Carrying Off the Palaces: John Ruskin's Lost Daguerreotypes

By Ken Jacobson & Jenny Jacobson

Carrying Off the Palaces: John Ruskin's Lost DaguerreotypesThe inspiration for this book was a remarkable discovery made by the authors at a small country auction in 2006. One lightly regarded lot was, in fact, a distressed mahogany box crammed with long-lost daguerreotypes - early photographs that had once belonged to John Ruskin, the great 19th-century art critic, writer, artist and social reformer. Assiduously taken, purchased or commissioned by Ruskin, the many scenes of Italy, France and Switzerland include the largest collection of daguerreotypes of Venice in the world and probably the earliest surviving photographs of the Alps. This trove has, at a stroke, more than doubled the number of Ruskin daguerreotypes extant. He described his earliest views of Venice, acquired in 1845, with intense excitement: 'I have been lucky enough to get ... some most beautiful, though small, Daguerreotypes of the palaces I have been trying to draw ... glorious things. It is very nearly the same thing as carrying off the palace itself ...' Ruskin's Venetian daguerreotypes became invaluable records for The Stones of Venice, his epic 3-volume documentation of the city, published 1851-1853.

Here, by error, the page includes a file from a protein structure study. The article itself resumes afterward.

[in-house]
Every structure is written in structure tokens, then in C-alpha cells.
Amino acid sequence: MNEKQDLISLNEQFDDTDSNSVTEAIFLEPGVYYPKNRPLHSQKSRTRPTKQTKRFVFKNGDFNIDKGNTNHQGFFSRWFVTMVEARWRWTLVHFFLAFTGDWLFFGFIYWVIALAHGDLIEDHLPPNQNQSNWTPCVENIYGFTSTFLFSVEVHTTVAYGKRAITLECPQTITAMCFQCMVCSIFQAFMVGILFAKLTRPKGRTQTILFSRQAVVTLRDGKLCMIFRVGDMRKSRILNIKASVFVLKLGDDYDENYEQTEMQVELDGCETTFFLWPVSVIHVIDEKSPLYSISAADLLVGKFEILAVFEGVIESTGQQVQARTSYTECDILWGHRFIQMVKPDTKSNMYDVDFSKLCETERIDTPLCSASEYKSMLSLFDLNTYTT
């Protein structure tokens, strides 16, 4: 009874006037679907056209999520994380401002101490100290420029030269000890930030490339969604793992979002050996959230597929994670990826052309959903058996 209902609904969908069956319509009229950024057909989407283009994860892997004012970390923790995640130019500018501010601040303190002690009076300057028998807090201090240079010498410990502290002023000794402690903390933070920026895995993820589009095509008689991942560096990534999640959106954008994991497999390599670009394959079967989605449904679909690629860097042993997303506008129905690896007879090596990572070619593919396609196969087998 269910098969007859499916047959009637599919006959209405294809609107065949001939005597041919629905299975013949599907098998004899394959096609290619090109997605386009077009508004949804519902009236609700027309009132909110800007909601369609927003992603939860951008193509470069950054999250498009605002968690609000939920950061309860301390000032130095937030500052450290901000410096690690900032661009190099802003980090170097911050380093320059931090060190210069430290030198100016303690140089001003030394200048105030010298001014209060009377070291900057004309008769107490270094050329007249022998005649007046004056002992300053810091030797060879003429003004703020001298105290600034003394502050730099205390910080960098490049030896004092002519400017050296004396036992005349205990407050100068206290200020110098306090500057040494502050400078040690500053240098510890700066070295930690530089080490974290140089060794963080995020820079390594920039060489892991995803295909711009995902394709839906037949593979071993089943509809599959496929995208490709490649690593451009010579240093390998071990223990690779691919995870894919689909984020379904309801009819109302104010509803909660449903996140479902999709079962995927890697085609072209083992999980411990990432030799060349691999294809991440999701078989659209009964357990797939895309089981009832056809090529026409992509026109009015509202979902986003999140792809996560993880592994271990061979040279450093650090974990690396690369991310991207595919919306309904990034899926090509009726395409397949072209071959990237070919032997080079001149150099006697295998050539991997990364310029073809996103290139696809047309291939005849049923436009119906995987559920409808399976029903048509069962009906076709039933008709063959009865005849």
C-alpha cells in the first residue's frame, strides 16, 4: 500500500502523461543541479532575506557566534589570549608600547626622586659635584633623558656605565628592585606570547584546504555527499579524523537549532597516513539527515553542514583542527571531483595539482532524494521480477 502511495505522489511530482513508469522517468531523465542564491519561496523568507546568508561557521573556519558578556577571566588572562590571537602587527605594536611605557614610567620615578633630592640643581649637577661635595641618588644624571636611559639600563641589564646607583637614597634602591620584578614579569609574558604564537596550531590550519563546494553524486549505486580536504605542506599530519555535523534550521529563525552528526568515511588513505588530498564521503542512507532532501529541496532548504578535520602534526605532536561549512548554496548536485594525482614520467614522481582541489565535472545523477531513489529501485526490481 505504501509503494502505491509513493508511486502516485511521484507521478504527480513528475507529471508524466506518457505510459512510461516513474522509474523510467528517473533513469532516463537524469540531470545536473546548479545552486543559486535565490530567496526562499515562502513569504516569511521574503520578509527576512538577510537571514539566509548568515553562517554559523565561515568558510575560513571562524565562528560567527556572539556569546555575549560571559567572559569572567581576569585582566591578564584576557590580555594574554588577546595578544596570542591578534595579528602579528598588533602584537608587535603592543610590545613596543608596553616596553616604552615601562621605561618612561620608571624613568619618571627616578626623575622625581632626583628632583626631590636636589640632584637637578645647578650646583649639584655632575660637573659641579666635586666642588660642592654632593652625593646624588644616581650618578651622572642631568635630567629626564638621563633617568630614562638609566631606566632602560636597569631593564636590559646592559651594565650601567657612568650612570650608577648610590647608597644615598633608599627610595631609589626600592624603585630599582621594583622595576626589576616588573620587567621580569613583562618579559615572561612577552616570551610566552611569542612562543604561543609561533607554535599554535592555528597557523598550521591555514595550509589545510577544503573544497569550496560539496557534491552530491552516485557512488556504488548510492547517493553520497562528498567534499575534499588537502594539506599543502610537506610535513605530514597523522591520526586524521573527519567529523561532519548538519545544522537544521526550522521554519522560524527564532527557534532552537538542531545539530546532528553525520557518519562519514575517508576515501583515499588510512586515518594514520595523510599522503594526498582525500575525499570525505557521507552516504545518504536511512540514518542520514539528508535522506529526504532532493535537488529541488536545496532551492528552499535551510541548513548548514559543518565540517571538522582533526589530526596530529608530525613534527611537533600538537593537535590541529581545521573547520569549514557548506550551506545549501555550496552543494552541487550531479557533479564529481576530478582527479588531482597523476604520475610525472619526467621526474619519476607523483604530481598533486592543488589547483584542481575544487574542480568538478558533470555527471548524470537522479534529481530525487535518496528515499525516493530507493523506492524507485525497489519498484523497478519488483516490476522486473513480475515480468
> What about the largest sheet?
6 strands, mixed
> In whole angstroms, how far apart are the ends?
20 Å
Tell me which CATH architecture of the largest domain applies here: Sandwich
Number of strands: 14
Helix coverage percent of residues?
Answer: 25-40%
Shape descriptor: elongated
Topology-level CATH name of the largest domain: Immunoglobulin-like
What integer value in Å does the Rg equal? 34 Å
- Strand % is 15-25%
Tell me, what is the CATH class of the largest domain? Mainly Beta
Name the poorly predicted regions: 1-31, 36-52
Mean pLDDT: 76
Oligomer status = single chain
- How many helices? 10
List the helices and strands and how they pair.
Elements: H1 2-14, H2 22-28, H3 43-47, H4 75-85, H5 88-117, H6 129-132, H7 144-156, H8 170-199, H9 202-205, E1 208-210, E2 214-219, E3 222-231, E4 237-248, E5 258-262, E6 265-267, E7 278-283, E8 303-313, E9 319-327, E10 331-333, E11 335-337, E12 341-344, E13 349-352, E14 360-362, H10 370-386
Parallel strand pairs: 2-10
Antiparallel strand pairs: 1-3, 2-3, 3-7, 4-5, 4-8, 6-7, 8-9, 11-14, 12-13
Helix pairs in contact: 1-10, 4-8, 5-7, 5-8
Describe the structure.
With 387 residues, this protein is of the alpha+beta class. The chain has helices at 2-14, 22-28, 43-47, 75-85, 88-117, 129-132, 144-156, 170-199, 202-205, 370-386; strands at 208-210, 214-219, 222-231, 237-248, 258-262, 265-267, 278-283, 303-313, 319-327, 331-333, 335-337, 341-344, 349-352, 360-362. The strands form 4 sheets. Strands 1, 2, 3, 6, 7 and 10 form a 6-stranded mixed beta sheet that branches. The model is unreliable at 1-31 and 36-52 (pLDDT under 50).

Despite his sometimes vehemently negative sentiments regarding the camera, Ruskin never stopped using photography. Patient scholarship has revealed the extent to which daguerreotypes aided the creation and influenced the style of his watercolours; his wide circle of friends and colleagues who used the camera; his dogged collecting and commissioning of photographs; and how he pioneered the use of the collotype and platinotype processes for book illustration.

The authors have included a fully illustrated and informative catalogue raisonné of 325 known Ruskin daguerreotypes. The overwhelming majority of the newly-discovered plates are published here for the first time. There are an additional 275 illustrations in the text and an essay describing the procedures used in a remarkably successful conservation programme. This work is by some way the most extensive study of Ruskin's photographic endeavours. The beautiful illustrations reveal the full range of Ruskin's subject matter from serene Venetian canal scenes to intricate architectural detail and semi-abstract geological studies. The quality and unorthodox style of many of Ruskin's daguerreotypes will come as a major revelation to both photographic historians and Ruskin scholars.

There are 432 pages and 601 illustrations in this hardback volume.